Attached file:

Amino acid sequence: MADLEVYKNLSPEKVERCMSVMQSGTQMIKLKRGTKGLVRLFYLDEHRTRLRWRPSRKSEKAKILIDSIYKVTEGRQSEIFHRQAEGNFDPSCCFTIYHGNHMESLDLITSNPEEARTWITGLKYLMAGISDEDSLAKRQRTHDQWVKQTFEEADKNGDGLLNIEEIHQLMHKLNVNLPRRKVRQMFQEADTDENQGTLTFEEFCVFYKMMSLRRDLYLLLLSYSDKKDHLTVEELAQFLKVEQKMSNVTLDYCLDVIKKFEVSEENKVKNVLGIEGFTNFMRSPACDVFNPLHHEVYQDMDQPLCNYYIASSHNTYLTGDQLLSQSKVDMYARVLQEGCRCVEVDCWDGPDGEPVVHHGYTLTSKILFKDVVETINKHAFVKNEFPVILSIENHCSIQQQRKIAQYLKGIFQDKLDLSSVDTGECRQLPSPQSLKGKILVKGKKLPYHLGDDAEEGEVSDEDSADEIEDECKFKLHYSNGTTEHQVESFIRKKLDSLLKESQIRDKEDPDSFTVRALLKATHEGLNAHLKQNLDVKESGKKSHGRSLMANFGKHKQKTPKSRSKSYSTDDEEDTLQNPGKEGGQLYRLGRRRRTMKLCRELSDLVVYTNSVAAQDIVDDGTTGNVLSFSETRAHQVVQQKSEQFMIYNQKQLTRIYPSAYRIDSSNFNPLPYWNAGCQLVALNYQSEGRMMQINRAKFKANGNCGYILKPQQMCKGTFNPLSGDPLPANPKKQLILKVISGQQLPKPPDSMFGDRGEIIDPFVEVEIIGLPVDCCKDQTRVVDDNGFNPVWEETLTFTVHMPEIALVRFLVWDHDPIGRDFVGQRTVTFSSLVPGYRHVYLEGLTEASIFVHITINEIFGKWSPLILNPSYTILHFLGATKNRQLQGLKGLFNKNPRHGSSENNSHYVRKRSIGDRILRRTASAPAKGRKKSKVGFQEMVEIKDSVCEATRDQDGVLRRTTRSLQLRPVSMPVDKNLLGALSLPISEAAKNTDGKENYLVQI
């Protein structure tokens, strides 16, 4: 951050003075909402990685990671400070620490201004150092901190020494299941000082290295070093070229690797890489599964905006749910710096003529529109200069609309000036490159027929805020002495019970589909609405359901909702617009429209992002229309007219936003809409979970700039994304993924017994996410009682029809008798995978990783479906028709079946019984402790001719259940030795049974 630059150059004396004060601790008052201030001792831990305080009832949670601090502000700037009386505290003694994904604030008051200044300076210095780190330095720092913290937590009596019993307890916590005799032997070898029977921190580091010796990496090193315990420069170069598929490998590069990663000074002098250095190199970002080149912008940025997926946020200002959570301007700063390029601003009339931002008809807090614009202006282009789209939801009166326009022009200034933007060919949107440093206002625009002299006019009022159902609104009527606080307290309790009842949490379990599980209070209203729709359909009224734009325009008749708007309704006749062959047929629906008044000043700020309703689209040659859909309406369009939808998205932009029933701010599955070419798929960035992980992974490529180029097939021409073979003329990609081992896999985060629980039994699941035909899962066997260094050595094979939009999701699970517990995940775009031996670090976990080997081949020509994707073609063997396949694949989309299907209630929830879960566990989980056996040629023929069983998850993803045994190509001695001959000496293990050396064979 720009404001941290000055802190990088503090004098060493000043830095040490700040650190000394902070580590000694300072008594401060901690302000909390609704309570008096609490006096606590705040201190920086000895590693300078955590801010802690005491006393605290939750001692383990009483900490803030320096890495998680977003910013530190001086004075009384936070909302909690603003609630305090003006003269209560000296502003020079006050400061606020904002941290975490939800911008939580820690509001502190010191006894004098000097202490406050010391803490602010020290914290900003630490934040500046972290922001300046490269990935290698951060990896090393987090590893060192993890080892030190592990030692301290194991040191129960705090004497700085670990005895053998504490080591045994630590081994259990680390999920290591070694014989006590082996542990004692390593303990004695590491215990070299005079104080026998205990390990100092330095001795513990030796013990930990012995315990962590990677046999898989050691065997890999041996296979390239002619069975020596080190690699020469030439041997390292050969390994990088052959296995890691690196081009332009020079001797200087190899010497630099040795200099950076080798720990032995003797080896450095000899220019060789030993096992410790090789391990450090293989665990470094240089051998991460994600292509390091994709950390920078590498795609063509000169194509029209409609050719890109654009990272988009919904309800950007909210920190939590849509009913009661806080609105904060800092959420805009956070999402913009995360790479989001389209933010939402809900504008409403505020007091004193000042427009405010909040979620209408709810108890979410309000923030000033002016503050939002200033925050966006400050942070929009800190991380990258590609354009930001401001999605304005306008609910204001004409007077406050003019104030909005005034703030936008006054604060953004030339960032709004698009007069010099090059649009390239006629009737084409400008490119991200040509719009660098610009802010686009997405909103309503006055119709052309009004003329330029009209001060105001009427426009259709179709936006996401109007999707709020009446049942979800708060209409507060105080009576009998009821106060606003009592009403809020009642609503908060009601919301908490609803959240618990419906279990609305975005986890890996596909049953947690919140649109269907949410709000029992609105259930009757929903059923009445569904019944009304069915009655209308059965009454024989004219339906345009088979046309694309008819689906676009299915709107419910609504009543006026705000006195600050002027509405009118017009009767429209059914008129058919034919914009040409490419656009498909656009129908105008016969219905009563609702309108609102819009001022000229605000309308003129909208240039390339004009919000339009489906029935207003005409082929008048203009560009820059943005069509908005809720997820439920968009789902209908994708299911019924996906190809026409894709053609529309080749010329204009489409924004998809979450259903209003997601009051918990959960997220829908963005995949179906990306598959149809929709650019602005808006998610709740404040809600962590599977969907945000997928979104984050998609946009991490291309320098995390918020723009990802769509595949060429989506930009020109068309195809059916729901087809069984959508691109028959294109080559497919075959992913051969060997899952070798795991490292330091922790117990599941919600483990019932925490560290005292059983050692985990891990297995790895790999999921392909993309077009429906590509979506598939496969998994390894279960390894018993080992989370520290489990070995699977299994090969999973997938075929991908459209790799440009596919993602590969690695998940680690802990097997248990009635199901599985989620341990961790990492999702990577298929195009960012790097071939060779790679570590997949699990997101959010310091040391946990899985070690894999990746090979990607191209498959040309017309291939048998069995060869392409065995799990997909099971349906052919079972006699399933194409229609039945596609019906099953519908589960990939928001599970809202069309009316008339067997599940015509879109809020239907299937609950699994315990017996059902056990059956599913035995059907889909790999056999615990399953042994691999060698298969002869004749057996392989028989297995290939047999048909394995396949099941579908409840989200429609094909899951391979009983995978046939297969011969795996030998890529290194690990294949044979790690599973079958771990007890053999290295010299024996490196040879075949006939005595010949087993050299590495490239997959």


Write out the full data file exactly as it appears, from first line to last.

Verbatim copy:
Amino acid sequence: MADLEVYKNLSPEKVERCMSVMQSGTQMIKLKRGTKGLVRLFYLDEHRTRLRWRPSRKSEKAKILIDSIYKVTEGRQSEIFHRQAEGNFDPSCCFTIYHGNHMESLDLITSNPEEARTWITGLKYLMAGISDEDSLAKRQRTHDQWVKQTFEEADKNGDGLLNIEEIHQLMHKLNVNLPRRKVRQMFQEADTDENQGTLTFEEFCVFYKMMSLRRDLYLLLLSYSDKKDHLTVEELAQFLKVEQKMSNVTLDYCLDVIKKFEVSEENKVKNVLGIEGFTNFMRSPACDVFNPLHHEVYQDMDQPLCNYYIASSHNTYLTGDQLLSQSKVDMYARVLQEGCRCVEVDCWDGPDGEPVVHHGYTLTSKILFKDVVETINKHAFVKNEFPVILSIENHCSIQQQRKIAQYLKGIFQDKLDLSSVDTGECRQLPSPQSLKGKILVKGKKLPYHLGDDAEEGEVSDEDSADEIEDECKFKLHYSNGTTEHQVESFIRKKLDSLLKESQIRDKEDPDSFTVRALLKATHEGLNAHLKQNLDVKESGKKSHGRSLMANFGKHKQKTPKSRSKSYSTDDEEDTLQNPGKEGGQLYRLGRRRRTMKLCRELSDLVVYTNSVAAQDIVDDGTTGNVLSFSETRAHQVVQQKSEQFMIYNQKQLTRIYPSAYRIDSSNFNPLPYWNAGCQLVALNYQSEGRMMQINRAKFKANGNCGYILKPQQMCKGTFNPLSGDPLPANPKKQLILKVISGQQLPKPPDSMFGDRGEIIDPFVEVEIIGLPVDCCKDQTRVVDDNGFNPVWEETLTFTVHMPEIALVRFLVWDHDPIGRDFVGQRTVTFSSLVPGYRHVYLEGLTEASIFVHITINEIFGKWSPLILNPSYTILHFLGATKNRQLQGLKGLFNKNPRHGSSENNSHYVRKRSIGDRILRRTASAPAKGRKKSKVGFQEMVEIKDSVCEATRDQDGVLRRTTRSLQLRPVSMPVDKNLLGALSLPISEAAKNTDGKENYLVQI
């Protein structure tokens, strides 16, 4: 951050003075909402990685990671400070620490201004150092901190020494299941000082290295070093070229690797890489599964905006749910710096003529529109200069609309000036490159027929805020002495019970589909609405359901909702617009429209992002229309007219936003809409979970700039994304993924017994996410009682029809008798995978990783479906028709079946019984402790001719259940030795049974 630059150059004396004060601790008052201030001792831990305080009832949670601090502000700037009386505290003694994904604030008051200044300076210095780190330095720092913290937590009596019993307890916590005799032997070898029977921190580091010796990496090193315990420069170069598929490998590069990663000074002098250095190199970002080149912008940025997926946020200002959570301007700063390029601003009339931002008809807090614009202006282009789209939801009166326009022009200034933007060919949107440093206002625009002299006019009022159902609104009527606080307290309790009842949490379990599980209070209203729709359909009224734009325009008749708007309704006749062959047929629906008044000043700020309703689209040659859909309406369009939808998205932009029933701010599955070419798929960035992980992974490529180029097939021409073979003329990609081992896999985060629980039994699941035909899962066997260094050595094979939009999701699970517990995940775009031996670090976990080997081949020509994707073609063997396949694949989309299907209630929830879960566990989980056996040629023929069983998850993803045994190509001695001959000496293990050396064979 720009404001941290000055802190990088503090004098060493000043830095040490700040650190000394902070580590000694300072008594401060901690302000909390609704309570008096609490006096606590705040201190920086000895590693300078955590801010802690005491006393605290939750001692383990009483900490803030320096890495998680977003910013530190001086004075009384936070909302909690603003609630305090003006003269209560000296502003020079006050400061606020904002941290975490939800911008939580820690509001502190010191006894004098000097202490406050010391803490602010020290914290900003630490934040500046972290922001300046490269990935290698951060990896090393987090590893060192993890080892030190592990030692301290194991040191129960705090004497700085670990005895053998504490080591045994630590081994259990680390999920290591070694014989006590082996542990004692390593303990004695590491215990070299005079104080026998205990390990100092330095001795513990030796013990930990012995315990962590990677046999898989050691065997890999041996296979390239002619069975020596080190690699020469030439041997390292050969390994990088052959296995890691690196081009332009020079001797200087190899010497630099040795200099950076080798720990032995003797080896450095000899220019060789030993096992410790090789391990450090293989665990470094240089051998991460994600292509390091994709950390920078590498795609063509000169194509029209409609050719890109654009990272988009919904309800950007909210920190939590849509009913009661806080609105904060800092959420805009956070999402913009995360790479989001389209933010939402809900504008409403505020007091004193000042427009405010909040979620209408709810108890979410309000923030000033002016503050939002200033925050966006400050942070929009800190991380990258590609354009930001401001999605304005306008609910204001004409007077406050003019104030909005005034703030936008006054604060953004030339960032709004698009007069010099090059649009390239006629009737084409400008490119991200040509719009660098610009802010686009997405909103309503006055119709052309009004003329330029009209001060105001009427426009259709179709936006996401109007999707709020009446049942979800708060209409507060105080009576009998009821106060606003009592009403809020009642609503908060009601919301908490609803959240618990419906279990609305975005986890890996596909049953947690919140649109269907949410709000029992609105259930009757929903059923009445569904019944009304069915009655209308059965009454024989004219339906345009088979046309694309008819689906676009299915709107419910609504009543006026705000006195600050002027509405009118017009009767429209059914008129058919034919914009040409490419656009498909656009129908105008016969219905009563609702309108609102819009001022000229605000309308003129909208240039390339004009919000339009489906029935207003005409082929008048203009560009820059943005069509908005809720997820439920968009789902209908994708299911019924996906190809026409894709053609529309080749010329204009489409924004998809979450259903209003997601009051918990959960997220829908963005995949179906990306598959149809929709650019602005808006998610709740404040809600962590599977969907945000997928979104984050998609946009991490291309320098995390918020723009990802769509595949060429989506930009020109068309195809059916729901087809069984959508691109028959294109080559497919075959992913051969060997899952070798795991490292330091922790117990599941919600483990019932925490560290005292059983050692985990891990297995790895790999999921392909993309077009429906590509979506598939496969998994390894279960390894018993080992989370520290489990070995699977299994090969999973997938075929991908459209790799440009596919993602590969690695998940680690802990097997248990009635199901599985989620341990961790990492999702990577298929195009960012790097071939060779790679570590997949699990997101959010310091040391946990899985070690894999990746090979990607191209498959040309017309291939048998069995060869392409065995799990997909099971349906052919079972006699399933194409229609039945596609019906099953519908589960990939928001599970809202069309009316008339067997599940015509879109809020239907299937609950699994315990017996059902056990059956599913035995059907889909790999056999615990399953042994691999060698298969002869004749057996392989028989297995290939047999048909394995396949099941579908409840989200429609094909899951391979009983995978046939297969011969795996030998890529290194690990294949044979790690599973079958771990007890053999290295010299024996490196040879075949006939005595010949087993050299590495490239997959």